Low self-esteem also has a disastrous effect on you personally, specifically in regard to your social life. In the article “How Your Self-Esteem Impacts Relationships” author Suzanne Phillips explains “Self-esteem colors not only a person’s perception of self but impacts expectations of the partner and the tenor of the relationship.”
People with low self-worth seek constant, bordering on irritating levels of assurance from their partners. That leads to insecurities, and the last thing something as complex as a human relationship needs is one member doubting the other’s commitment because they don’t believe they’re worth being with in the first place.
Questioning the partner’s commitment causes strain in the relationship and can even decrease the other partner’s sense of self-worth. That isn’t good for anyone. If you translate Goldsmith’s tips above on how to build self confidence to your personal life as well, you’ll be surprised how quickly your relationship will change for the better.
4. Undervaluing Yourself Costs You Mentally
One of the biggest impacts of self-worth is on people’s mental health. Depression, anxiety, inflexibility, addictive behaviors, and more troubles are common symptoms of low self-esteem, and stop you from being as strong as you can be.
“Depression is a prison where you are both the suffering prisoner and the cruel jailer.” ―Dorothy Rowe, Psychologist, Beyond Fear
There’s so much research to support the negative consequences of not valuing yourself that a whole form of treatment exists to help you improve your opinion of yourself. Cognitive-Behavioral Therapy (CBT) focuses on examining the relationships between thoughts, feelings, and behaviors.
Many doctors and clinics require that you undergo CBT before they prescribe you antidepressants, knowing that the first step to healing is learning how to build self confidence and think more positively about yourself. That will improve your mental health and, from there, improve pretty much everything other aspect of your life.
5. Undervaluing Yourself Costs You Physically
When you’re down on yourself, you may even suffer from physical symptoms. There are obvious reasons for that, such as the depression from low self-esteem will cause you to not take care of yourself. If you eat comfort food for every meal, you probably won’t be comfortable in the long-term. If every day is a Lazy Sunday, you’ll feel less rejuvenated each morning.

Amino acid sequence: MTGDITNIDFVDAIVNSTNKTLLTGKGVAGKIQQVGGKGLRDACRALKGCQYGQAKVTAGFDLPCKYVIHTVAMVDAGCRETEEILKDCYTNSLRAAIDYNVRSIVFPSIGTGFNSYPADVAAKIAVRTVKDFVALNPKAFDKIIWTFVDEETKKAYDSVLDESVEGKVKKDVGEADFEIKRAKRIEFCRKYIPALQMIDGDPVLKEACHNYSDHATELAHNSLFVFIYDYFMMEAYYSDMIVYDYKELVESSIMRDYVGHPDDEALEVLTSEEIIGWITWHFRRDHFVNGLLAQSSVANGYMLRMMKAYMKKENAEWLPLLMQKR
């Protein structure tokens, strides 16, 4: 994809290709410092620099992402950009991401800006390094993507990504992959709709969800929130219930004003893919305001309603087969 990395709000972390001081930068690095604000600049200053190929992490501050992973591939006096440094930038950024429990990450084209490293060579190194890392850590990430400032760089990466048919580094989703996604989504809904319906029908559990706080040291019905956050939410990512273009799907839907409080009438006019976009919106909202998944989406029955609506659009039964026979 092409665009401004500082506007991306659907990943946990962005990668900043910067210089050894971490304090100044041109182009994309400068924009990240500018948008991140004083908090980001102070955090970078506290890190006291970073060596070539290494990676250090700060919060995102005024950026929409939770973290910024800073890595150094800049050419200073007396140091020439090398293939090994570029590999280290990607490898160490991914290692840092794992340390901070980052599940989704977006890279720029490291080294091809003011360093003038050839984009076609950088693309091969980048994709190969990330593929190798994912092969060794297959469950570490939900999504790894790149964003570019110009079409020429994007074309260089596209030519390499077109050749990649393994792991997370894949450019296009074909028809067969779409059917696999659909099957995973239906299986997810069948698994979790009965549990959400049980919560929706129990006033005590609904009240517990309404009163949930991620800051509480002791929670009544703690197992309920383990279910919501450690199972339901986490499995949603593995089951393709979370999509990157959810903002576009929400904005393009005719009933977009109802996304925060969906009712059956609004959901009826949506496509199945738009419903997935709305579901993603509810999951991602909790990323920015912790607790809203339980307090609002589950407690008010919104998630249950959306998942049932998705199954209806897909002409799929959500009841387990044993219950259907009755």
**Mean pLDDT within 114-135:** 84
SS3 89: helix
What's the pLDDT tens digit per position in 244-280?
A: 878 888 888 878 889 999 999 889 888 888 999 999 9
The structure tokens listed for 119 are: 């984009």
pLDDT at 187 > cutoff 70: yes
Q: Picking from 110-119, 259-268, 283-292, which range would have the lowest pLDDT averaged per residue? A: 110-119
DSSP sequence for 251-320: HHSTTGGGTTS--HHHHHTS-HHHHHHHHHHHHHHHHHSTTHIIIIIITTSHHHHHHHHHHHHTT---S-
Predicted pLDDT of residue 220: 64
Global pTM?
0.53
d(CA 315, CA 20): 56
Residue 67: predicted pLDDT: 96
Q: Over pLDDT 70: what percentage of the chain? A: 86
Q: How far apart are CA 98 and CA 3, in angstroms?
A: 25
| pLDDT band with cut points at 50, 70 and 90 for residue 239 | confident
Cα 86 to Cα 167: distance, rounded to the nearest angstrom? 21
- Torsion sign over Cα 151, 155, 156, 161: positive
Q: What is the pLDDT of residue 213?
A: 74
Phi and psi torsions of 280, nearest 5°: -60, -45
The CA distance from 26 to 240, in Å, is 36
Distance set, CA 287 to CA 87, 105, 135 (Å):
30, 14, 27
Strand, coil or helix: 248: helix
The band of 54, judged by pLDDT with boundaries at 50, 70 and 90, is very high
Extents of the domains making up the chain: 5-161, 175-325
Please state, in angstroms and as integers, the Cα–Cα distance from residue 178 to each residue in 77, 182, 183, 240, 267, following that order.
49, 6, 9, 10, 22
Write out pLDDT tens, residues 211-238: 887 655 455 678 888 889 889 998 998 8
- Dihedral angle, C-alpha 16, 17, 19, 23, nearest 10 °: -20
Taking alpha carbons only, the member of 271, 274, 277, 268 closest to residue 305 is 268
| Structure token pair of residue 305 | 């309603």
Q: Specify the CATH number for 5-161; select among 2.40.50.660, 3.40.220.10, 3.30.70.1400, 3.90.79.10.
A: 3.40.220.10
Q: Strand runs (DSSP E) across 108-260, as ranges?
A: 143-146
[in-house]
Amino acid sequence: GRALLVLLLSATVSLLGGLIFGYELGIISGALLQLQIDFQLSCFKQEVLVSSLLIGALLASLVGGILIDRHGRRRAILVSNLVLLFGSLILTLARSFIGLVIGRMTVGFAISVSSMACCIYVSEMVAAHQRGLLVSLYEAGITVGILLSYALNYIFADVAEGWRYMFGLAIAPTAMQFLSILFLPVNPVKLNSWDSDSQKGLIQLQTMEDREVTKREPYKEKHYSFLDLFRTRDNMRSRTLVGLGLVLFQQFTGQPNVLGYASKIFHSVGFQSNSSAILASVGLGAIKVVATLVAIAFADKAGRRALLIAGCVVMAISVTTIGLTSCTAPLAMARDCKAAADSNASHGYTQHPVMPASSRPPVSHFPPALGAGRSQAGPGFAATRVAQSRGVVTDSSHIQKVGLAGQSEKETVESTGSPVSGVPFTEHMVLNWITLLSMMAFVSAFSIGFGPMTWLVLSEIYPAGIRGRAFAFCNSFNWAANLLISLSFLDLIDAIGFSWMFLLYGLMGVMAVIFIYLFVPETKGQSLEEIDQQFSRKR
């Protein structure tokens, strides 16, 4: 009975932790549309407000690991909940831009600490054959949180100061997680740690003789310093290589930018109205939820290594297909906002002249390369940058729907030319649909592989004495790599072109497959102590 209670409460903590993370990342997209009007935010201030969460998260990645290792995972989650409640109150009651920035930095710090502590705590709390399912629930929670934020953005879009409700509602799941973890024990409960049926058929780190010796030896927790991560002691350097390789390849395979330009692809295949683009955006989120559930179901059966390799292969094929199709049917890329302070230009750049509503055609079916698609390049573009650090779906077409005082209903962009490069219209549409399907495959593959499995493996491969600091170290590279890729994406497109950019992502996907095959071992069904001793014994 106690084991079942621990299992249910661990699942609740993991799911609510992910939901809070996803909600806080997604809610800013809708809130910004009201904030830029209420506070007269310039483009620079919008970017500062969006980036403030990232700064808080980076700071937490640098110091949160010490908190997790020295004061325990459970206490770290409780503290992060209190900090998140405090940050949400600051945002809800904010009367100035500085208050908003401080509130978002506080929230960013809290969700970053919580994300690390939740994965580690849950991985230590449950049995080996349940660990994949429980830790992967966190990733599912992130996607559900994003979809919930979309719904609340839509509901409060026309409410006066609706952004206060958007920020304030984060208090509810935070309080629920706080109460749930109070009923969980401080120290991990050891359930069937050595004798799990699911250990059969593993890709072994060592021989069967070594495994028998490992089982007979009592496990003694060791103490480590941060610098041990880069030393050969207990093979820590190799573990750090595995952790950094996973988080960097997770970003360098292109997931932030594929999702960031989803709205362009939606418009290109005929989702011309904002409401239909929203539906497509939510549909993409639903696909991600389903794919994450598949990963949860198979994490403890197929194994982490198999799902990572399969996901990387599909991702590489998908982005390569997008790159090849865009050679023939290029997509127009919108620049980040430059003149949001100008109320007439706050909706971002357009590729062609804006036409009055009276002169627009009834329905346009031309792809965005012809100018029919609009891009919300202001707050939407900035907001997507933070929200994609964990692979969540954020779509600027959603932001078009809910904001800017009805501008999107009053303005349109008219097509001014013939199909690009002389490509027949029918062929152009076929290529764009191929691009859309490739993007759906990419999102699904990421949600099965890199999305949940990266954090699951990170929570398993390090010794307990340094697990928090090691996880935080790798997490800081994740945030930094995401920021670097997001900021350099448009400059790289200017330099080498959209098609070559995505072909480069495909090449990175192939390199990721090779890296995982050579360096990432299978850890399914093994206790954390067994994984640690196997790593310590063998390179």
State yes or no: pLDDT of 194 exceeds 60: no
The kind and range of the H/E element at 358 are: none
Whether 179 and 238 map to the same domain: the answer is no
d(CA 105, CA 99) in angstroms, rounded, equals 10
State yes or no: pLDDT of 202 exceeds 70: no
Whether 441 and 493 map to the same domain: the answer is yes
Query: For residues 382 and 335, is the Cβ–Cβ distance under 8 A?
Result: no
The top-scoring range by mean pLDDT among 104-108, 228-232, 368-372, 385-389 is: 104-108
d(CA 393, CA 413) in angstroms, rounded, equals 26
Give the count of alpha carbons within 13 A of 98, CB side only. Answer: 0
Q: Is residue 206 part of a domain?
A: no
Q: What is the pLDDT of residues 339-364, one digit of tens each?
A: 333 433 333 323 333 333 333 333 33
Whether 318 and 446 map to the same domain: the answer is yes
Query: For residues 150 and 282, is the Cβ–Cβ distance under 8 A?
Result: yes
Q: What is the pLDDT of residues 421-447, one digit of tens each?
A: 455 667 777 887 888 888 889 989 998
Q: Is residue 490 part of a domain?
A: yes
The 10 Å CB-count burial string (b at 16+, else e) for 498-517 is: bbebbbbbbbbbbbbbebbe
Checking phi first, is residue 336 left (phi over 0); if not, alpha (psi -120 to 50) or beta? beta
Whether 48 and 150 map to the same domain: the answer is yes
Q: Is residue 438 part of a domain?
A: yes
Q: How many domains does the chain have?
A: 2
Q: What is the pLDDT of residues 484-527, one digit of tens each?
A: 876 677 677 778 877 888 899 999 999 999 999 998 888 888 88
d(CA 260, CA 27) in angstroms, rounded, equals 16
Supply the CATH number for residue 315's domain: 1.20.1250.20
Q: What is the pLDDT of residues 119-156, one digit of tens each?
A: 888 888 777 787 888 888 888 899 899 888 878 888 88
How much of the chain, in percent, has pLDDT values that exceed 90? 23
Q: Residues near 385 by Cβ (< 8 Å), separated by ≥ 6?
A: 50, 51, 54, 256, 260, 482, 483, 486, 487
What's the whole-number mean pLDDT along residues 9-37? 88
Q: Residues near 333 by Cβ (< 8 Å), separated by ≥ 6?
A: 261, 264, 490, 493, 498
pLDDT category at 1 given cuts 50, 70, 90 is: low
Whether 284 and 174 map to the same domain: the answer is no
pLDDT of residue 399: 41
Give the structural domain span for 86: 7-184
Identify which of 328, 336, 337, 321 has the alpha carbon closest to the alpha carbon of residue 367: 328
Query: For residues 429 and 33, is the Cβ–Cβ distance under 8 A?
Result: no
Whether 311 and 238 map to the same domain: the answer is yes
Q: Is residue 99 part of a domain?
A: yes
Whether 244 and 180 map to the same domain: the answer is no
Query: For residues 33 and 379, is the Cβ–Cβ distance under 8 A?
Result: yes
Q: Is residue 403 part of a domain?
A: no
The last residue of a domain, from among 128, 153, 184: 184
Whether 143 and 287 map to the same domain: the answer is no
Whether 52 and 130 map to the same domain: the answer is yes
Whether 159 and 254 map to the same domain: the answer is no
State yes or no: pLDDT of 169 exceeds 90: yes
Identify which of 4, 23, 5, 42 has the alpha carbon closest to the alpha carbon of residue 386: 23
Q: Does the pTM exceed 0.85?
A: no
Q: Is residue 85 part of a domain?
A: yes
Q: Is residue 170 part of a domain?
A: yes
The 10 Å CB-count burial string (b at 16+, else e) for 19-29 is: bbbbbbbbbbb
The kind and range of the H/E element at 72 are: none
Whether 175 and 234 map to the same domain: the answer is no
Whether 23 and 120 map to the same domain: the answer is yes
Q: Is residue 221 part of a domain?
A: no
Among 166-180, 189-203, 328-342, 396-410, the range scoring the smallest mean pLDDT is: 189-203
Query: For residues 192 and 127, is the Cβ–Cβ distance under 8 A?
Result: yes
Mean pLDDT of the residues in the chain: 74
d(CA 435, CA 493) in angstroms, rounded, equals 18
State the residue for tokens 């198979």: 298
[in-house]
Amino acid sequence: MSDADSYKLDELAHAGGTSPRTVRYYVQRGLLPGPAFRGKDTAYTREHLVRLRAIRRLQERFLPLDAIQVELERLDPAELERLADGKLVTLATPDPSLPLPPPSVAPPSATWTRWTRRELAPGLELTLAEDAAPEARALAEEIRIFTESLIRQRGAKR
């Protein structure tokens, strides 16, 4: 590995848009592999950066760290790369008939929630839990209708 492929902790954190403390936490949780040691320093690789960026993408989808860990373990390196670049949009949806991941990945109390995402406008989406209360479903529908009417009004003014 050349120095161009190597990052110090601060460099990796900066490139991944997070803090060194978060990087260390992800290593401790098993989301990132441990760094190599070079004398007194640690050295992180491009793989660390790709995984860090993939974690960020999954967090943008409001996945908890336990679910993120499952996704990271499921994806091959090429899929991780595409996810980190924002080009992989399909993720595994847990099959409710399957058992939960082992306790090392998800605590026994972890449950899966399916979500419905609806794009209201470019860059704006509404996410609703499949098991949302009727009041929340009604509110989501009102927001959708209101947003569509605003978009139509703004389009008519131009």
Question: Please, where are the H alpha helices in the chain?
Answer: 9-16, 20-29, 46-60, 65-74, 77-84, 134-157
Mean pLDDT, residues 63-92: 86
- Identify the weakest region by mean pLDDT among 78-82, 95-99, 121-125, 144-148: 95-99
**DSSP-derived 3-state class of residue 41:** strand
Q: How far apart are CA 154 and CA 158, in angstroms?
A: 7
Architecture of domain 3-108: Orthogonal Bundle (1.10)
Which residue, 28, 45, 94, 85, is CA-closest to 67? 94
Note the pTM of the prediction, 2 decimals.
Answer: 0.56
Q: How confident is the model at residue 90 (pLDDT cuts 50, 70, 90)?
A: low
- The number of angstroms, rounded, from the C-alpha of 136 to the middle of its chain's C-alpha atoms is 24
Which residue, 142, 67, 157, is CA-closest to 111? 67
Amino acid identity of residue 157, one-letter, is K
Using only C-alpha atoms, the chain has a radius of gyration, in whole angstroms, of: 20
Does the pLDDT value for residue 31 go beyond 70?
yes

A less obvious reason for feeling worse, however, is that your poor mental health can also directly cause you to feel physically weak. Chronic joint pain, limb pain, back pain, gastrointestinal problems, tiredness, sleep disturbances, and more kinds of discomfort are closely linked with depression, including the kind of depression that’s a result of having a low opinion of yourself.
If you take the right steps and learn how to build self confidence successfully, you will begin thinking more highly of yourself and feeling better because of it.
6. Undervaluing Yourself Costs You Emotionally
As important as every other category on this list is, and they are important, in the end most of us just want to be happy. That’s usually the ultimate goal, and if it isn’t, it probably should be.
Undervaluing yourself impacts your mood dramatically, and is a pointless cause of pain. Even if you do believe you’re not worth anything (and you shouldn’t!), accepting that won’t bring you any satisfaction.
Convince yourself to be happy, including if it means fibbing to yourself. Know what you need to let go of. If you genuinely want to get better and succeed in every way listed above, the lessons of CBT are a great starting point for you and your unique path of building self confidence. This list is another resource. Use whatever gets you from where you are now to where you should be.
Truly learning how to build self confidence isn’t an easy task. But the simple fact that you’re admitting that you may be undervaluing yourself on a daily basis is the right place to start. Once you recognize exactly how and in which parts of your life you are undervaluing yourself, turning your life around for the better by using some of the tips and resources we’ve provided, will be a goal within your reach.
“With realization of one’s own potential and self-confidence in one’s ability, one can build a better world.” ― Dalai Lama